Figure.1 Early disease – Nodularity but without significant contraction of the fingers
This is slow-growing, inflammatory thickening on the palm of the hand that eventually creates a deformity starting in the ring and little fingers which, if not dealt with early, can spread across the whole hand. Although medical interventions may be required eventually, we describe here lifestyle and self-help strategies which may help delay progression and are a good option in the early stages of the condition.
Dupuytren’s contracture usually begins as a thickening of the skin on the palm of your hand. As Dupuytren’s contracture progresses, the skin on the palm of your hand may appear puckered or dimpled. A firm lump of tissue may form on the palm. This lump may be sensitive to the touch but usually isn’t painful.
Figure.2 More advanced disease causing considerable distortion and disability
In the later stages of Dupuytren’s contracture, cords of tissue form under the skin on your palm and may extend up to your fingers. As these cords tighten, your fingers may be pulled toward your palm, sometimes severely. Once this occurs, the fingers affected by Dupuytren’s contracture can’t be straightened completely, which can complicate everyday activities such as placing your hands in your pockets, putting on gloves or shaking hands. Only rarely are the thumb and index finger affected. Dupuytren’s contracture can occur in both hands, though one hand is usually affected more severely than the other.
The deformity is caused by fibrosis and thickening around the tendon sheaths of the hand. The condition is known to be associated with:
Age – Dupuytren’s contracture typically occurs after the age of 50
Cancer treatments – Particularly long term hormone therapies such as aromatase inhibitors
Sex – Men are more likely to develop Dupuytren’s and to have more severe contractures than women
Ancestry – People of Northern European descent are at higher risk of the disease
Family history – Dupuytren’s contracture often runs in families
Tobacco smoking – Perhaps because of microscopic changes within blood vessels caused by smoking
Alcohol – High alcohol intake is associated with an increased risk, especially if cirrhosis develops
Other lifestyle factors – Lack of exercise, high saturated fat and low omega 3 and polyphenol intake
Diabetes – People with diabetes are reported to have an increased risk of Dupuytren’s contracture
Medication – Drugs including phenytoin and aromatase inhibitors are linked to the condition
This technique uses a needle, inserted through your skin, to puncture and “break” the cord of tissue that’s contracting a finger. Contractures often recur, but the procedure can be repeated. Some doctors now use ultrasound to guide the needle, reducing the chance of accidental injury to nerves or tendons
The main advantages of the needling technique are that there is no incision, it can be done on several fingers at the same time, and very little physical therapy is usually needed afterwards. The main disadvantage is that it cannot be used in some locations on the finger because of the risk of nerve damage.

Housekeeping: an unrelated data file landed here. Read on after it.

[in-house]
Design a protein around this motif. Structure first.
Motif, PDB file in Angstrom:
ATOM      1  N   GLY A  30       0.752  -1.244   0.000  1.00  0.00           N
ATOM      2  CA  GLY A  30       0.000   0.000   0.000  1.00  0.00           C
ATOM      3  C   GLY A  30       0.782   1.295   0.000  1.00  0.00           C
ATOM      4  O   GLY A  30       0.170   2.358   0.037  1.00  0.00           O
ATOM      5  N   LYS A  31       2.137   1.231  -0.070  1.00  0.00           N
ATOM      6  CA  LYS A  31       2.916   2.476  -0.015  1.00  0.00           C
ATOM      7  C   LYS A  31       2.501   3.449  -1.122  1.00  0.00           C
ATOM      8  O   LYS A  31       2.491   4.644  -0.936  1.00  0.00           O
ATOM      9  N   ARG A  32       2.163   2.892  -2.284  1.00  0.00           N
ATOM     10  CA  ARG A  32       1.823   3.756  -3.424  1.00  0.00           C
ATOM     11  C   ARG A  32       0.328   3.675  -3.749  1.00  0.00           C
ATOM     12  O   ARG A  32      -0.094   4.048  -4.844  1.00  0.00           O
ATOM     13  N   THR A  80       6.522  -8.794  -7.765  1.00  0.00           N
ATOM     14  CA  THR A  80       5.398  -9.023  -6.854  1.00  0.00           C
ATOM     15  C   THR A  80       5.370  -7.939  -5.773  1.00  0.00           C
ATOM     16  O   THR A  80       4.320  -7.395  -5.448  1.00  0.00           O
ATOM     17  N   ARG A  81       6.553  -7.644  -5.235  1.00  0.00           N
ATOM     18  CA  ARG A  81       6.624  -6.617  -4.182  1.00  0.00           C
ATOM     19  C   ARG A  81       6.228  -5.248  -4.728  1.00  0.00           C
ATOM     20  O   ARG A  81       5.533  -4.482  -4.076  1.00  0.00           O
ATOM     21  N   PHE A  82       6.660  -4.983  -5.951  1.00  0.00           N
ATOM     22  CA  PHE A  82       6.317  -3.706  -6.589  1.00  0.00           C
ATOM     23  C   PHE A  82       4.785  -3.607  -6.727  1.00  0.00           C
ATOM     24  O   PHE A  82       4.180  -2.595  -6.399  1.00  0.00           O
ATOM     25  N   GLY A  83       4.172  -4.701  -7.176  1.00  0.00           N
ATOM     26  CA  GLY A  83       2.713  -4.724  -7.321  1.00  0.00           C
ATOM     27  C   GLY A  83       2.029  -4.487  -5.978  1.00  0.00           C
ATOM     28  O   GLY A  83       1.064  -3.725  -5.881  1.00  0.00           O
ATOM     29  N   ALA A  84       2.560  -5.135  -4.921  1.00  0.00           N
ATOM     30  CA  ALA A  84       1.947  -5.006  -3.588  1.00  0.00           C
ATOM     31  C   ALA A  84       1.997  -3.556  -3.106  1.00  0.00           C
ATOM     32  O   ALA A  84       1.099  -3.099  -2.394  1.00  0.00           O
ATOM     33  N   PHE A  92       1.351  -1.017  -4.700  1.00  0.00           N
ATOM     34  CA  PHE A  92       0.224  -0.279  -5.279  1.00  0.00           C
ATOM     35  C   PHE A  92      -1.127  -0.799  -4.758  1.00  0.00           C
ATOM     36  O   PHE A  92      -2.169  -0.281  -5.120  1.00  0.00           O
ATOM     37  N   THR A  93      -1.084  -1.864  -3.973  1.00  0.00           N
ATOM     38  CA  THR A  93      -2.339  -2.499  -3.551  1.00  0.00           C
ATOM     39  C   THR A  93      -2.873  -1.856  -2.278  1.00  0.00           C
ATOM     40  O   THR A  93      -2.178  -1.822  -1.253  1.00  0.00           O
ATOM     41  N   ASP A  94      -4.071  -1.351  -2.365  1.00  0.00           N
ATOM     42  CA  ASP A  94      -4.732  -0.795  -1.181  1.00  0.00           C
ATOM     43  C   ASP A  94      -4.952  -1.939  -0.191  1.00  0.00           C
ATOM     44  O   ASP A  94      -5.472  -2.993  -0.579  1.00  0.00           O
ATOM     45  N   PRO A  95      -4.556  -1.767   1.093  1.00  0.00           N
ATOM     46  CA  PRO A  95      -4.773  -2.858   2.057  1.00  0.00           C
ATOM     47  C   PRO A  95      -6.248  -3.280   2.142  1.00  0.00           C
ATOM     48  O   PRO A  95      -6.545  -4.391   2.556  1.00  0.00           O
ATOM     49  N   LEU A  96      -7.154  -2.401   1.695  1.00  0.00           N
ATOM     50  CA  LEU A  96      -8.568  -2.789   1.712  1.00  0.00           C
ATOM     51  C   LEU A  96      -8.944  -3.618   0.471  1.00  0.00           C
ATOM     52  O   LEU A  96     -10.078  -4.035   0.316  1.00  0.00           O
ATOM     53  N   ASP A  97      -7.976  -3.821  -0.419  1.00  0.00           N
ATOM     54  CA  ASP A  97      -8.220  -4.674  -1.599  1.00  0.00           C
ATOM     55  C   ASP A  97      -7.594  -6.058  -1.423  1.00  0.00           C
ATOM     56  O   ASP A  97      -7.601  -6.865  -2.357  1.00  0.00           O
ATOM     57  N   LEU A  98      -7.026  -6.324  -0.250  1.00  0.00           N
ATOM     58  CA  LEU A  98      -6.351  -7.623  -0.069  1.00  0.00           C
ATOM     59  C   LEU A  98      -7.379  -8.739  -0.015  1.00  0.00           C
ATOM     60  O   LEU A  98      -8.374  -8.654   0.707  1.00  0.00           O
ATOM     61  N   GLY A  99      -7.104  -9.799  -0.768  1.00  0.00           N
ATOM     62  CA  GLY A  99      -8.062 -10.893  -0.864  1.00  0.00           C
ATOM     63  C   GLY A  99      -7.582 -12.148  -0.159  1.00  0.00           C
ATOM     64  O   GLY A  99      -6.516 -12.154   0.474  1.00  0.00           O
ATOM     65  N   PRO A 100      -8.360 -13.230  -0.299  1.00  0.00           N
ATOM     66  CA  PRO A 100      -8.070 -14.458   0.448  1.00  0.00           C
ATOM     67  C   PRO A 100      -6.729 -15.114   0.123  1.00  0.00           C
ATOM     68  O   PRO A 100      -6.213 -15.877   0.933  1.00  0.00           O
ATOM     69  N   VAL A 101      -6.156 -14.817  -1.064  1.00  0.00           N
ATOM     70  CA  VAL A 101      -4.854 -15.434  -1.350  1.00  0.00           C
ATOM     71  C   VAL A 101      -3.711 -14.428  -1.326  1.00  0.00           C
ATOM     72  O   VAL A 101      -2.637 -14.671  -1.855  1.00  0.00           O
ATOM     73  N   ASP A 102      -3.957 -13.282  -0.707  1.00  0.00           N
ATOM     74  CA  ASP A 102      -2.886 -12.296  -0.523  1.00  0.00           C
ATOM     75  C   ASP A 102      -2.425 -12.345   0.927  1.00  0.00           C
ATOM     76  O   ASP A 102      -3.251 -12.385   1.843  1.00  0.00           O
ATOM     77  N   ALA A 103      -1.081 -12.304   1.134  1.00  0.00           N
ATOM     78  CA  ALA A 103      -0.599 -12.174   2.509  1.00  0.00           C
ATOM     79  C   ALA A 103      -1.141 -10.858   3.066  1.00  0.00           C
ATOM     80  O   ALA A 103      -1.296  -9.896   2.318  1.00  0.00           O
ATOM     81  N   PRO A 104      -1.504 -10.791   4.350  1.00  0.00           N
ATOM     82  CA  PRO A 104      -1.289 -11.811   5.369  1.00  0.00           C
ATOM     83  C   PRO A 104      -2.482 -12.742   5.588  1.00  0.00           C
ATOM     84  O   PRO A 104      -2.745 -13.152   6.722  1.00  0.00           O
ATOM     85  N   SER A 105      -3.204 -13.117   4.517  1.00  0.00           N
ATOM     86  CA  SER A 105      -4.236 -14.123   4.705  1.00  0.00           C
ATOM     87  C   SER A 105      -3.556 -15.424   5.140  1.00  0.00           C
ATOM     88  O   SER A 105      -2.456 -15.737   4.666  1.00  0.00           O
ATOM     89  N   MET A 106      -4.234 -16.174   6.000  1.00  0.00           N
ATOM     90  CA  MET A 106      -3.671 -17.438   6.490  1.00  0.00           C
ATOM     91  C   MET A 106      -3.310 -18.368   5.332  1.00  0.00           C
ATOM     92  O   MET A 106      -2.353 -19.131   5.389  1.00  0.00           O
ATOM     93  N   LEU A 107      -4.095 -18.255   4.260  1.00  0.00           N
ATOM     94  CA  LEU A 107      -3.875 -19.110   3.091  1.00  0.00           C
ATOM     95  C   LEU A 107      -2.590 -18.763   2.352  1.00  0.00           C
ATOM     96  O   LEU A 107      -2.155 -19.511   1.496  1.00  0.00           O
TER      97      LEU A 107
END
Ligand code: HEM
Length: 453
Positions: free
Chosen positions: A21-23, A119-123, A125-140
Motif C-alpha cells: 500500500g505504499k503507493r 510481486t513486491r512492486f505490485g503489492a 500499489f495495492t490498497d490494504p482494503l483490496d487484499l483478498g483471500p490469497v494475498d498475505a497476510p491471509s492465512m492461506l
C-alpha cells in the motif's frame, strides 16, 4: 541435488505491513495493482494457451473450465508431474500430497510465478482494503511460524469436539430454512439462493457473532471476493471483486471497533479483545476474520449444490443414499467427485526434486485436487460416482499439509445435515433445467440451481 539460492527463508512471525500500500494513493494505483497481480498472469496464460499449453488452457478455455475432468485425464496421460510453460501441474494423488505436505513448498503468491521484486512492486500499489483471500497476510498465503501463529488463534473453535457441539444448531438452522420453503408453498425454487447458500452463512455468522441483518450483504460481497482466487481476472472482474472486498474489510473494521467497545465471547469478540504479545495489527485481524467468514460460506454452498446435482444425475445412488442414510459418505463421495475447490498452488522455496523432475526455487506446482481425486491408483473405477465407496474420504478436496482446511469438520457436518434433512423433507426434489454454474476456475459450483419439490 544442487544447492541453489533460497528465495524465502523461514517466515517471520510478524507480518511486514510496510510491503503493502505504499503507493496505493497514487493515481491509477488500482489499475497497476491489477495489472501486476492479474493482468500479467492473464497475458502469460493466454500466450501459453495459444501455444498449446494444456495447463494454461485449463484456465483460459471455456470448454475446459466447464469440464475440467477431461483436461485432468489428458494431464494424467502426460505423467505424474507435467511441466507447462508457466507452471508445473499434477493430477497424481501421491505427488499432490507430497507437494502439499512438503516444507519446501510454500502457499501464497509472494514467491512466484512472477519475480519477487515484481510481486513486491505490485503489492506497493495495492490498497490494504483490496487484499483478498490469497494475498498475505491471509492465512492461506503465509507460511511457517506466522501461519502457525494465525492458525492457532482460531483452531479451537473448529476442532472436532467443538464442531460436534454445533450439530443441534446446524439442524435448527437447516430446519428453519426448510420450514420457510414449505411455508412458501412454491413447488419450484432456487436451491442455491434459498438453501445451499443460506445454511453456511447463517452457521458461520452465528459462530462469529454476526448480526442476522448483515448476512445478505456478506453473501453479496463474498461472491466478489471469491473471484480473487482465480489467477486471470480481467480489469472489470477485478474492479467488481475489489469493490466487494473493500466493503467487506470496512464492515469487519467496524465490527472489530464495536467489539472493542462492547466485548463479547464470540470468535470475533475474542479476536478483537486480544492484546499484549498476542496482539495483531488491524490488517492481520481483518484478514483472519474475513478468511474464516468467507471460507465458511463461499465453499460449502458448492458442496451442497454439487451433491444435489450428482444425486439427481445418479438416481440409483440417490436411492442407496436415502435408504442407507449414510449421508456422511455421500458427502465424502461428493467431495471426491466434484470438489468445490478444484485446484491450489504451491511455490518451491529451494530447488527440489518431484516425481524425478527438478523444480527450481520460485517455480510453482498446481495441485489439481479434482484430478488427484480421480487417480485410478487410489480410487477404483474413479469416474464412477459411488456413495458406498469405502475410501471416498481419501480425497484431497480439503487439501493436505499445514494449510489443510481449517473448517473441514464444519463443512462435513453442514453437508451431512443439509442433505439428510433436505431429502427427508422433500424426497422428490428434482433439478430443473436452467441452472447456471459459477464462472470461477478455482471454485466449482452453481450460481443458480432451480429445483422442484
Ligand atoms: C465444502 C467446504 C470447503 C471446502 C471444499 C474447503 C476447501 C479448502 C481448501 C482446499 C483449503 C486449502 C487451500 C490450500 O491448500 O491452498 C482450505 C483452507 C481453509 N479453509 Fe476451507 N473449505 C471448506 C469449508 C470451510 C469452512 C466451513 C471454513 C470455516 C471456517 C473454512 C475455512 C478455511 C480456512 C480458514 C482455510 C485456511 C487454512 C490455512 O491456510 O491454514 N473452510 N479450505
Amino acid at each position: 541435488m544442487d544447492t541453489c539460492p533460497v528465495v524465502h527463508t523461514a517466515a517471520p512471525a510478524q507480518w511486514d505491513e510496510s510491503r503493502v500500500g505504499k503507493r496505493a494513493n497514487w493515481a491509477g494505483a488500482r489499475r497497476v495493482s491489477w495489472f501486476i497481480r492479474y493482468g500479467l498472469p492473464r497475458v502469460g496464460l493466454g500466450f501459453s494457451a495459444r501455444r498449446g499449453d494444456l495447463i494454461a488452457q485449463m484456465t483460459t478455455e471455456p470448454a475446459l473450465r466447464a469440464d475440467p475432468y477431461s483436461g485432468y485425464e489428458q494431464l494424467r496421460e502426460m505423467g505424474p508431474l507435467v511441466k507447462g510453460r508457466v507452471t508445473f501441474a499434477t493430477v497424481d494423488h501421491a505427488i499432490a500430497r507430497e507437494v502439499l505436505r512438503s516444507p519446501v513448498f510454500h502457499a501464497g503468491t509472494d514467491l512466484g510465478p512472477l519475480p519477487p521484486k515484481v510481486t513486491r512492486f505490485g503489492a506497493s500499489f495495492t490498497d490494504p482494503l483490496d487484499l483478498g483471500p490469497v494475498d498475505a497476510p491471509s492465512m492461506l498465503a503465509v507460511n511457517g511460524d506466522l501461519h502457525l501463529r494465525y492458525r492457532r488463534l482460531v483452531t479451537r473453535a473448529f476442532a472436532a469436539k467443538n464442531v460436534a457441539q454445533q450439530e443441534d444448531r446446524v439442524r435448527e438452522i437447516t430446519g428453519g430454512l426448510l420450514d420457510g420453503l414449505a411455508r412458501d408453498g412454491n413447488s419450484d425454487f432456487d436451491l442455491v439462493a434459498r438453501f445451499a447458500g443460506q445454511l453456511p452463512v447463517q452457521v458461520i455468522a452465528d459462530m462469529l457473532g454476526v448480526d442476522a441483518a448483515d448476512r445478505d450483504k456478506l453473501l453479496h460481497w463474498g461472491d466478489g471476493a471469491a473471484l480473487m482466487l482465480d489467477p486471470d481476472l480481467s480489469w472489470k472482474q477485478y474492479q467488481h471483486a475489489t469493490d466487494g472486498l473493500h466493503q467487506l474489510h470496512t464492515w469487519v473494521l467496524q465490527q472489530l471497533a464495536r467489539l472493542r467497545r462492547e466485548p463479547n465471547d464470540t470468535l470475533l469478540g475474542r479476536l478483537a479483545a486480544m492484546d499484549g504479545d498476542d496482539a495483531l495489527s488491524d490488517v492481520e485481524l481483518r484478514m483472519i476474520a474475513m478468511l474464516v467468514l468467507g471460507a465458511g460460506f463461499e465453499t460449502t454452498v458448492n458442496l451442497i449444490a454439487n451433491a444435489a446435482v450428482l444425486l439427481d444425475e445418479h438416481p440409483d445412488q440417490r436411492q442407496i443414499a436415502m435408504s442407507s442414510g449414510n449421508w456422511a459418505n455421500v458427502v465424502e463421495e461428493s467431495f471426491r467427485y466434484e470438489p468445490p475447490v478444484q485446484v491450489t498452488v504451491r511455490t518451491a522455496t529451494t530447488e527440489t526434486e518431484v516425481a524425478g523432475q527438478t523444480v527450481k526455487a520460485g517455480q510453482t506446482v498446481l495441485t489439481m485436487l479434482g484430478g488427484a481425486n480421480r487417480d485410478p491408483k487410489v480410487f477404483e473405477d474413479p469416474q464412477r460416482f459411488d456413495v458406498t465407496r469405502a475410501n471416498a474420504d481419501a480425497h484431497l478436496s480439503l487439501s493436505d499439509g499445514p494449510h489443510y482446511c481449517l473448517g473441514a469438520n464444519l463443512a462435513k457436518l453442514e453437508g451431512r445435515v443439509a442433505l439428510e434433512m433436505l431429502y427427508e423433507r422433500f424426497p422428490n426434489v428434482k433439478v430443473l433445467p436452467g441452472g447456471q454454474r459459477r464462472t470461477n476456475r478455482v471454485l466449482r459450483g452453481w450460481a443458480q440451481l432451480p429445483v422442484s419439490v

The Food and Drug Administration has recently approved injections of an enzyme, collagenase clostridium histolyticum (Xiaflex), for the treatment of Dupuytren’s contracture. The enzyme in this drug softens and weakens the taut cord in your palm. The day after the injection, your doctor will manipulate your hand in an attempt to break the cord and straighten your fingers.
In many ways, this is similar to the needling technique, except that the manipulation happens the following day instead of during the injection procedure. The advantages and disadvantages of the enzyme injection are similar to needling, except that the enzyme injection may be more painful initially. Currently, enzyme injections can be used on only one joint at a time and treatments must be spaced at least a month apart.
Radiotherapy is a non-surgical treatment that can stop or slow down Dupuytren’s disease in its early stage. In radiation therapy, the nodules and cords associated with Dupuytren’s are irradiated from a distance of .5 – 1 cm, either with X-Rays (e.g. 120 kV = soft X-Rays that do not penetrate deeply into the body) or electrons (3 – 10 MeV). This is typically done over five days in a row ( total dose 15 Gy). After a break of six weeks, this treatment is repeated.
Another option is to surgically remove the tissue in your palm affected by the disease. This may be challenging because it’s difficult to identify affected tissue in the very early stages of the disease. Diseased tissue may also attach to the skin, making it difficult to remove and increasing the chances of recurrence.
The main advantage of surgery is that it results in a more complete joint release than that provided by the needle or enzyme methods. The main disadvantages are that physical therapy is usually needed after surgery, and the recovery time can be longer.
In some severe cases, surgeons remove all the tissue likely to be affected by Dupuytren’s contracture, including the attached skin. In these cases, a skin graft will be needed to cover the open wound. This surgery is the most invasive option and has the longest recovery time. People usually require months of intensive physical therapy afterwards.